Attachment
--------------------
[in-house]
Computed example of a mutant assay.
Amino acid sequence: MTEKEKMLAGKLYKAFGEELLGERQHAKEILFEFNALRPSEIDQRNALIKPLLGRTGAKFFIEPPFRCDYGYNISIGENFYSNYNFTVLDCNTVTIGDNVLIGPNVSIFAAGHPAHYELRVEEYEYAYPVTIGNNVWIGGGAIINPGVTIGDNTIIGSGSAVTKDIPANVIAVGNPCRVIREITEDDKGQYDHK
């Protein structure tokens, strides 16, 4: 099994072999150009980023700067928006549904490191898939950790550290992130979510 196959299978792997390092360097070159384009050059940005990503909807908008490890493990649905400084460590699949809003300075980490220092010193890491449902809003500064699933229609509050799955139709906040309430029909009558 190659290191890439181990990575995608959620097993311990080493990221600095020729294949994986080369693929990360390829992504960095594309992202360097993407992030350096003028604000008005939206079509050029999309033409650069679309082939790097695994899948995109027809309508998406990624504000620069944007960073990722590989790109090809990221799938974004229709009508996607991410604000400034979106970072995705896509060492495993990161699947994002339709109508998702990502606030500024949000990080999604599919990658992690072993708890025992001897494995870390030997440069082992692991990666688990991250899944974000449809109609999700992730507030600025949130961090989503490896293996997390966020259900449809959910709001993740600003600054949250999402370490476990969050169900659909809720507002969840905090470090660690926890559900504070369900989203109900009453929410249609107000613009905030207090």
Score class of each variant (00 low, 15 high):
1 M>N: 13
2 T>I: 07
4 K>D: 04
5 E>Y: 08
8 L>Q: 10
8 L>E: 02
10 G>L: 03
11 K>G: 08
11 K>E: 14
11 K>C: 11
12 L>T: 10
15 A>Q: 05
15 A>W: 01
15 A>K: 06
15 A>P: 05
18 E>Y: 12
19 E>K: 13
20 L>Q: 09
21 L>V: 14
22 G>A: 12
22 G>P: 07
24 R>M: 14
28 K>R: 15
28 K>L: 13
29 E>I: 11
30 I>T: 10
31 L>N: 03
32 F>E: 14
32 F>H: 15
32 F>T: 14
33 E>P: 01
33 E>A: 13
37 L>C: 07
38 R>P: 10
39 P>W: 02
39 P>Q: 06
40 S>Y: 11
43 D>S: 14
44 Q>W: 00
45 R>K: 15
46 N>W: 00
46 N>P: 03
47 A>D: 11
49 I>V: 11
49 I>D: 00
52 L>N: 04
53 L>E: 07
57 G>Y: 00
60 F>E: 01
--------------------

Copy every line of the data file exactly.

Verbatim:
[in-house]
Computed example of a mutant assay.
Amino acid sequence: MTEKEKMLAGKLYKAFGEELLGERQHAKEILFEFNALRPSEIDQRNALIKPLLGRTGAKFFIEPPFRCDYGYNISIGENFYSNYNFTVLDCNTVTIGDNVLIGPNVSIFAAGHPAHYELRVEEYEYAYPVTIGNNVWIGGGAIINPGVTIGDNTIIGSGSAVTKDIPANVIAVGNPCRVIREITEDDKGQYDHK
């Protein structure tokens, strides 16, 4: 099994072999150009980023700067928006549904490191898939950790550290992130979510 196959299978792997390092360097070159384009050059940005990503909807908008490890493990649905400084460590699949809003300075980490220092010193890491449902809003500064699933229609509050799955139709906040309430029909009558 190659290191890439181990990575995608959620097993311990080493990221600095020729294949994986080369693929990360390829992504960095594309992202360097993407992030350096003028604000008005939206079509050029999309033409650069679309082939790097695994899948995109027809309508998406990624504000620069944007960073990722590989790109090809990221799938974004229709009508996607991410604000400034979106970072995705896509060492495993990161699947994002339709109508998702990502606030500024949000990080999604599919990658992690072993708890025992001897494995870390030997440069082992692991990666688990991250899944974000449809109609999700992730507030600025949130961090989503490896293996997390966020259900449809959910709001993740600003600054949250999402370490476990969050169900659909809720507002969840905090470090660690926890559900504070369900989203109900009453929410249609107000613009905030207090």
Score class of each variant (00 low, 15 high):
1 M>N: 13
2 T>I: 07
4 K>D: 04
5 E>Y: 08
8 L>Q: 10
8 L>E: 02
10 G>L: 03
11 K>G: 08
11 K>E: 14
11 K>C: 11
12 L>T: 10
15 A>Q: 05
15 A>W: 01
15 A>K: 06
15 A>P: 05
18 E>Y: 12
19 E>K: 13
20 L>Q: 09
21 L>V: 14
22 G>A: 12
22 G>P: 07
24 R>M: 14
28 K>R: 15
28 K>L: 13
29 E>I: 11
30 I>T: 10
31 L>N: 03
32 F>E: 14
32 F>H: 15
32 F>T: 14
33 E>P: 01
33 E>A: 13
37 L>C: 07
38 R>P: 10
39 P>W: 02
39 P>Q: 06
40 S>Y: 11
43 D>S: 14
44 Q>W: 00
45 R>K: 15
46 N>W: 00
46 N>P: 03
47 A>D: 11
49 I>V: 11
49 I>D: 00
52 L>N: 04
53 L>E: 07
57 G>Y: 00
60 F>E: 01